Product Data Management or PDM, is the often overshadowed acronym on the engineering whiteboard of design process workflow. Acronyms CAD, CAE and CAM stand boldly circled for the next software investment while PDM can get crossed off or postponed for consideration next year. Yet a PDM system has as much to offer in the way of business value and user benefits as the other acronyms, which, if you are new to the world of product development, are short for: Computer-Aided Design, Computer-Aided Engineering, and Computer-Aided Manufacturing.
So what exactly is PDM and why should it stand worthy of a bold circle for your organization? After fifteen years of helping a variety of product design and manufacturing companies solve business challenges with software, I have an “in the trenches” understanding of PDM.
A definition of PDM
We could go to Wikipedia for a formal definition, but I like to think of Product Data Management as the following: Business technology used by people who produce and consume product data to securely share, regulate, version control and track a product's intellectual property throughout its lifecycle. This intellectual property could be a variety of data such as CAD models, product specifications, drawings, sketches, bills of material, emails and much, much more.
Why you need PDM
So why doesn’t PDM get circled on the whiteboard early and often? My take is that most organizations don’t fully understand the depth and breadth of a PDM solution much beyond the capability of revision control.
Initiatives like reducing prototypes (CAE), shortening drawing creation time (CAD) or sending 3D models directly to manufacturing (CAM), often take precedence over PDM. I might conclude that PDM only gets boldly circled when costly manufacturing mistakes occurred due to improper revisions making their way to manufacturing.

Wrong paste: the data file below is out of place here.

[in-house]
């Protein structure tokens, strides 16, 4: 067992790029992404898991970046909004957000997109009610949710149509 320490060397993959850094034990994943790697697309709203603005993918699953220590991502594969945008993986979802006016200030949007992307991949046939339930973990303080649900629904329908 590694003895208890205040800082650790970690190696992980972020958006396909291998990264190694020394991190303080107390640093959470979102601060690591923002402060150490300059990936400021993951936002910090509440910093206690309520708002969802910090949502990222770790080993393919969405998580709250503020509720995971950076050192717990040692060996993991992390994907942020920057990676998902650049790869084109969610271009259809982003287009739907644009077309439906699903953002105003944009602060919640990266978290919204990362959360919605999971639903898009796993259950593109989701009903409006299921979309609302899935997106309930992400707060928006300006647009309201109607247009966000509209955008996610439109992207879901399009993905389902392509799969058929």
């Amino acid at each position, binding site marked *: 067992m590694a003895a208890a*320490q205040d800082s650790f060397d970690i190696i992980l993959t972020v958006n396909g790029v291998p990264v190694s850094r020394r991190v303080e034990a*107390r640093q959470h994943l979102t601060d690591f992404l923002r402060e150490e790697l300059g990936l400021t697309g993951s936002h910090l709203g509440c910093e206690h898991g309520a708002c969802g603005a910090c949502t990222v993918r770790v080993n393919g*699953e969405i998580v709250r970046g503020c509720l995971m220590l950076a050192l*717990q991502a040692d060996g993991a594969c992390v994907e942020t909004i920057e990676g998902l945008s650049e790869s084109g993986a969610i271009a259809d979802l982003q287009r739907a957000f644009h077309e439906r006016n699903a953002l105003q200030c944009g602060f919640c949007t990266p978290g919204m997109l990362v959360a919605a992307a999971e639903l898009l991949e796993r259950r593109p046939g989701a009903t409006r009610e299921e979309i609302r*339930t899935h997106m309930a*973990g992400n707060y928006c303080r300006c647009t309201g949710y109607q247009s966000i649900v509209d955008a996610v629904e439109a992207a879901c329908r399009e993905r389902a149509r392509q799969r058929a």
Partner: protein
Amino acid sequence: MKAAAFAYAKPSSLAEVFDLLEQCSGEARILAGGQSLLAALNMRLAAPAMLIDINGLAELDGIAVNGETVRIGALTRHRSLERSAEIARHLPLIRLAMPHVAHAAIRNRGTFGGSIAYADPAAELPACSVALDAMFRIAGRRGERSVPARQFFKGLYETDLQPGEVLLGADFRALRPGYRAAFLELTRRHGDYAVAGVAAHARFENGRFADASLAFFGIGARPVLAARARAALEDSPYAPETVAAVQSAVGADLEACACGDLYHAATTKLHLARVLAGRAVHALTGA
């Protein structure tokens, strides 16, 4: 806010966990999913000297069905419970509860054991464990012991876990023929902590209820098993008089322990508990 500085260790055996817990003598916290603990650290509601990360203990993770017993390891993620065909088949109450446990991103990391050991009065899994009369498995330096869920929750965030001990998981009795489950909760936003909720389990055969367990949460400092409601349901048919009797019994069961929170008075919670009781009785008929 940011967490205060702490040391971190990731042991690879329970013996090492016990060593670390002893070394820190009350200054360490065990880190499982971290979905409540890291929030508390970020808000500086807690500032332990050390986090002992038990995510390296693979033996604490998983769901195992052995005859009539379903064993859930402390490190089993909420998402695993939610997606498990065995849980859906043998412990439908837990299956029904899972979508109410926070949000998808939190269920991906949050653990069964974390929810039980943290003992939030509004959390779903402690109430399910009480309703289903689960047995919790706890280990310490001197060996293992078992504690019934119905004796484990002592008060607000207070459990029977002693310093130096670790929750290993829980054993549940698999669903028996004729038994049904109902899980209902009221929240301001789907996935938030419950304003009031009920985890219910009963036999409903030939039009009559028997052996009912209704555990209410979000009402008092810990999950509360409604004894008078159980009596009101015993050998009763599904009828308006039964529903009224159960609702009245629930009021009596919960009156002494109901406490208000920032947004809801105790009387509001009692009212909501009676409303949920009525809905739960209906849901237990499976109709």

While improper revisions is a common challenge that a modern PDM system will address, some other challenges you should look for in your own product development processes are:
- - Excessive time spent searching for existing CAD and engineering data for reuse in new projects
- - Time spent copying and renaming CAD files and subsequently fixing broken references within those files
- - Slow open, loading, and saving of 3D CAD data when data is stored on a shared file server
- - Cumbersome project and file collaboration between multiple users and consumers of data
- - Manual processes of approving, releasing and sending documents
If one or more of these common challenges resonate with your company then a serious look at SOLIDWORKS PDM is in order.
Another important acronym: the ROI of PDM
So how can SOLIDWORKS PDM address your product development challenges and bring a near immediate return on your investment? A powerful, yet simple, intuitive user interface built off Windows Explorer is where I believe it all begins.
I love showing companies how easily I can copy/cut and paste SOLIDWORKS files from my file server drive into my PDM space. A simple ‘Check-In’ completes the transition to PDM. All within a matter of minutes I am searching file properties and character strings within the filename. Time savings and increased productivity are key ROI metrics.